By Philip C. Kolin
Water worldwide is dying of pollution.
A river once used as a kitchen is now a toilet.
A stream that was a playground is a morgue.
Mothers in the Congo walk twelve miles
to bring back a brimming bucket of
uncertified water, and the trip back is double
that distance. That distance is an inferno
of gnawing air—mosquitoes, fleas, leeches
biting every step.
Dirty water abounds in the Great Lake State.
The rusty-throated children of Flint, MI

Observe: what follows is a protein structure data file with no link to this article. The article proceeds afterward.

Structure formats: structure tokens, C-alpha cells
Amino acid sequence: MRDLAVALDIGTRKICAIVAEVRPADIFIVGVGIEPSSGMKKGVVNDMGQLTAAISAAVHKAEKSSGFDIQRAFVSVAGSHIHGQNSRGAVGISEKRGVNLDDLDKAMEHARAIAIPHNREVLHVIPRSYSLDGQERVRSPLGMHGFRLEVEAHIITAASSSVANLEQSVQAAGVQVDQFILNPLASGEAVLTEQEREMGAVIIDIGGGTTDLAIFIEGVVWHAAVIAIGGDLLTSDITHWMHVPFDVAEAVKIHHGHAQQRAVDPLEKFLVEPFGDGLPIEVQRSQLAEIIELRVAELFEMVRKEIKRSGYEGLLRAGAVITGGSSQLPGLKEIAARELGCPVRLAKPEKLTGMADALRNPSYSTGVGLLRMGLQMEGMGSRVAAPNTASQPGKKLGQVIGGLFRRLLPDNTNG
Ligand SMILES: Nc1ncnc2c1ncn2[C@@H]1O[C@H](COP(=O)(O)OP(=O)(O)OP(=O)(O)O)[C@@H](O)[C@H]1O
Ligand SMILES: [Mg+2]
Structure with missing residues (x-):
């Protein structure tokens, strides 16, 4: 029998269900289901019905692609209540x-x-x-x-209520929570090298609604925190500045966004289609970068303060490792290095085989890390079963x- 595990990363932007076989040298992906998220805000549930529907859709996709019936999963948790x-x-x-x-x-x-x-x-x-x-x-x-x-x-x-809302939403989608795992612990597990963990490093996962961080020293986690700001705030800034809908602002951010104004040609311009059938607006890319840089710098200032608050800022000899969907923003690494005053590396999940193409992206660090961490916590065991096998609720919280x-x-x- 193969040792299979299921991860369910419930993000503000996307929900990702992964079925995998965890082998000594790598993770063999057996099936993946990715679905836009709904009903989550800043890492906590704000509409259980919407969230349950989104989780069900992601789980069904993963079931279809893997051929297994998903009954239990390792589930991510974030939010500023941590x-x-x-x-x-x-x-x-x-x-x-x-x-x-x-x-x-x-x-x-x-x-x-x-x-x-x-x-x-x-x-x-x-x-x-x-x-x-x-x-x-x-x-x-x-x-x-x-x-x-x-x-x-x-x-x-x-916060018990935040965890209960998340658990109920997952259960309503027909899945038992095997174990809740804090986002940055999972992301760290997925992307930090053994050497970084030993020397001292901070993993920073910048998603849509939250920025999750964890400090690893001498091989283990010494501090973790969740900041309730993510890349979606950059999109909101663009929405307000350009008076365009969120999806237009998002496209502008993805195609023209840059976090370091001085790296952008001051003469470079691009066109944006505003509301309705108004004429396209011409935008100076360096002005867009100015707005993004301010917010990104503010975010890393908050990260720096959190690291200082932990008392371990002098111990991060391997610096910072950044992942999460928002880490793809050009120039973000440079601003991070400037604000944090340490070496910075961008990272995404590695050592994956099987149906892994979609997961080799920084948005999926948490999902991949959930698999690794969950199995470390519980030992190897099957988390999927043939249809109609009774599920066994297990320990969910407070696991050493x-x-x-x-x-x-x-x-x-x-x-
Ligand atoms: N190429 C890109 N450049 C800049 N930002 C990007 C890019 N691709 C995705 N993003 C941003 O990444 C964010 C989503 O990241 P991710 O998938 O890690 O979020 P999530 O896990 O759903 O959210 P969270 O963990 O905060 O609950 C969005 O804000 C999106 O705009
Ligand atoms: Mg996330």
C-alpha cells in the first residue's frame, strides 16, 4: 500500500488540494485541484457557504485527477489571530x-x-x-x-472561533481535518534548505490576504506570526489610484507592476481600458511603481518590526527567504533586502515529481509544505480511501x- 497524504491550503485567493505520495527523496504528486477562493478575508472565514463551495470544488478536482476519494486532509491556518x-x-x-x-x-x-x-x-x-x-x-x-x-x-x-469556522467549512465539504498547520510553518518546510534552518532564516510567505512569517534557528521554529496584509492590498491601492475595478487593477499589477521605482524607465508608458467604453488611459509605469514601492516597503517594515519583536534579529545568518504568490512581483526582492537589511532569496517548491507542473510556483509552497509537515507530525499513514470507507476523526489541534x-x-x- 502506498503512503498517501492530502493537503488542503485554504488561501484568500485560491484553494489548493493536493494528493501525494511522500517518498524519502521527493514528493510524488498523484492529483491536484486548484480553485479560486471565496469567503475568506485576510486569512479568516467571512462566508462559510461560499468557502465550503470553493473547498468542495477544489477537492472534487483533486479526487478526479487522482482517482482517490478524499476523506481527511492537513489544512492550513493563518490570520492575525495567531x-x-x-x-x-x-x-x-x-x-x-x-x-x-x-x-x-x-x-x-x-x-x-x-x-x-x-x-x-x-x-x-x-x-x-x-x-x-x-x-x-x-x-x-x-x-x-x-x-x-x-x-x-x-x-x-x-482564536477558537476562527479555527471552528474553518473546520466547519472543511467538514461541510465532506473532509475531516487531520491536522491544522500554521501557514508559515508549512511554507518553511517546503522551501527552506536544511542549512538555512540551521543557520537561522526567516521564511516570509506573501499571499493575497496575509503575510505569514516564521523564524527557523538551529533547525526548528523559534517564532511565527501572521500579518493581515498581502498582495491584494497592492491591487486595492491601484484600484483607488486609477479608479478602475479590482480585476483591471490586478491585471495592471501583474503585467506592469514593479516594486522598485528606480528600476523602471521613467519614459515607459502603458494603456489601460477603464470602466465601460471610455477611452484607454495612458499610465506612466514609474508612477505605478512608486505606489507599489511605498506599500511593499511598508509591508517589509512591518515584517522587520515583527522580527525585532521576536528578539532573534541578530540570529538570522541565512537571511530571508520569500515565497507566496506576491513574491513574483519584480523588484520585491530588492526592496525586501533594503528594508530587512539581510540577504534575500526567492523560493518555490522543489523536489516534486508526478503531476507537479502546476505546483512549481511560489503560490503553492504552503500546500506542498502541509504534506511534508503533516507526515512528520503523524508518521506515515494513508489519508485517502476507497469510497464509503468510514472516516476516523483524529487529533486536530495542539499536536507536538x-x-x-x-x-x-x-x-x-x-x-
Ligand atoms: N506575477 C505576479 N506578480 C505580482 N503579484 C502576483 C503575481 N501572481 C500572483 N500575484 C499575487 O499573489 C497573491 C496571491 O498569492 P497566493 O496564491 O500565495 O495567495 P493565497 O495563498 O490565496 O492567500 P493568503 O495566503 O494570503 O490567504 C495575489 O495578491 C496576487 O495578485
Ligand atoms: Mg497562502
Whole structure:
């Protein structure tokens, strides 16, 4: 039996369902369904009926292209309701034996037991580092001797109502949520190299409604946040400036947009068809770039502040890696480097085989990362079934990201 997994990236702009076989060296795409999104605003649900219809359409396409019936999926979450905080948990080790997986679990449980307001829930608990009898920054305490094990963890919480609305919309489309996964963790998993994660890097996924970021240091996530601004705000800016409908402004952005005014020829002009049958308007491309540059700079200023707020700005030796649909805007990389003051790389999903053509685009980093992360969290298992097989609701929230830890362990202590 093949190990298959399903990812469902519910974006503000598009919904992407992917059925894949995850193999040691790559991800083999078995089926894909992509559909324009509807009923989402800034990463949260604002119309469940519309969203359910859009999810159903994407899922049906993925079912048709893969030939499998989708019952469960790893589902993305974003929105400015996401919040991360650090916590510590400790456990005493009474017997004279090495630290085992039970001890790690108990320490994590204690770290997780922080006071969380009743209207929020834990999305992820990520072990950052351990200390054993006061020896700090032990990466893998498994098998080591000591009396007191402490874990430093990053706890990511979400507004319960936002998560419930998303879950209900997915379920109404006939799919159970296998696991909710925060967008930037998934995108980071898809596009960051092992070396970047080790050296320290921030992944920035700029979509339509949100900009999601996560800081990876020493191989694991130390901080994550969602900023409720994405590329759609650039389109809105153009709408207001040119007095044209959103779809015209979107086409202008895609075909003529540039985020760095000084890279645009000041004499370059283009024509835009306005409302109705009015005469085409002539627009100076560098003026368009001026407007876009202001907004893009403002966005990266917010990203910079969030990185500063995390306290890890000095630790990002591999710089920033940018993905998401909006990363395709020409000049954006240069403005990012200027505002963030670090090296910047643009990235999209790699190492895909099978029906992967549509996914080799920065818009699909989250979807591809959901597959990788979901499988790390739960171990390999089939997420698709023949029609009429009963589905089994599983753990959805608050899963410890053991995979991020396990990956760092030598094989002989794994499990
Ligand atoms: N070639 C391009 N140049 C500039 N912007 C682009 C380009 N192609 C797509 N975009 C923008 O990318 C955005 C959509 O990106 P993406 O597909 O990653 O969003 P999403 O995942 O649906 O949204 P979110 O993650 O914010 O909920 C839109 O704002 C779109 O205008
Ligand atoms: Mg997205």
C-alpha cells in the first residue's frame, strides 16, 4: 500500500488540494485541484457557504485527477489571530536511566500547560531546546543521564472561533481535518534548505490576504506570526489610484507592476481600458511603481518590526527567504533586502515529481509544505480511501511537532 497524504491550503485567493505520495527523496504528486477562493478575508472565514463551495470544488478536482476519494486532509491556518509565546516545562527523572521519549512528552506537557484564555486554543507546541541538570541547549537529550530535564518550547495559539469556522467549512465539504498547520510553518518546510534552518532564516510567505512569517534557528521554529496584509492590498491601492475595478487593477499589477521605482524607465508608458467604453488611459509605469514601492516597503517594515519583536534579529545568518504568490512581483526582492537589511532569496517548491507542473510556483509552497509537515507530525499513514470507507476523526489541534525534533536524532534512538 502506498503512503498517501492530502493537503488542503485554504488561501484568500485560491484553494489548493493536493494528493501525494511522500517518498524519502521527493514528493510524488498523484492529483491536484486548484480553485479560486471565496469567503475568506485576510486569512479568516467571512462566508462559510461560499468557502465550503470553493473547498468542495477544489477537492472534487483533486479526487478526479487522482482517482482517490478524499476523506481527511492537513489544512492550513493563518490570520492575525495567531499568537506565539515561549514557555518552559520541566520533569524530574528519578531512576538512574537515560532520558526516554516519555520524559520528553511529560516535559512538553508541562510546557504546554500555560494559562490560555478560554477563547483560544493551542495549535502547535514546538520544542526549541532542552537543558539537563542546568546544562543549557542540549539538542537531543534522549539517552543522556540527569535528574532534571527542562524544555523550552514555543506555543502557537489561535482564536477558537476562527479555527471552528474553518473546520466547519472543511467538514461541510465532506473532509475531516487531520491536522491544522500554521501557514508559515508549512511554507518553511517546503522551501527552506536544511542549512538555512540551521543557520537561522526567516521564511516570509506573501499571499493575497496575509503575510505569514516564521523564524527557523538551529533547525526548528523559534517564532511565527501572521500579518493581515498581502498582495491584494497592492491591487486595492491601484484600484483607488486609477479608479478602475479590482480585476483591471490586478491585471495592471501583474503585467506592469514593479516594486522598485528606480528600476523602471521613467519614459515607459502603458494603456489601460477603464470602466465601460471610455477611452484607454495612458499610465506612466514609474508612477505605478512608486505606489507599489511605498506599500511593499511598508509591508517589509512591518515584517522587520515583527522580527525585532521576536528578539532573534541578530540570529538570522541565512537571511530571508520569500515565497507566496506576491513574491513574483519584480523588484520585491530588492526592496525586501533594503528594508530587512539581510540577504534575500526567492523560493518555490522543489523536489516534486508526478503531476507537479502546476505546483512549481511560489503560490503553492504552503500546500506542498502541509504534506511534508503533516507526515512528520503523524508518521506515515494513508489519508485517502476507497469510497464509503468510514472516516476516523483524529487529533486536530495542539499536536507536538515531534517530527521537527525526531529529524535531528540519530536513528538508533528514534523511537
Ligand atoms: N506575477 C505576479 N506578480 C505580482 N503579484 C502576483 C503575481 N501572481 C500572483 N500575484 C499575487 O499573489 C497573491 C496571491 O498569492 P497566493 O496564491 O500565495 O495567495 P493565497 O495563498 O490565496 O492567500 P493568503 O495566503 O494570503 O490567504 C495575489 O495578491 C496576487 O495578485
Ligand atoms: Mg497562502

have to chew their words, picking toxic
particles out of their mouths after drinking
from the Flint River. All because some portly
bureaucrat forget to get the lead out but now
reclines in infamy, his Brita working nicely.
Foul water from ancient pumps forced
Jackson, MS to be on bottled water support.
A resident remarked that if the water did not
kill you, the chemicals in the hard plastic would.
Our DNA is being flushed away by
burgeoning industrial pollutants.
Sadly, like other countries, America's
arteries have become blighted rivers.
Philip C. Kolin is the Distinguished Professor of English Emeritus and
Editor Emeritus of the Southern Quarterly at the Univ. of Southern Mississippi.
His most recent book of poems is Mapping Trauma: Poems about Black
History (Chicago: Third World Press, 2023).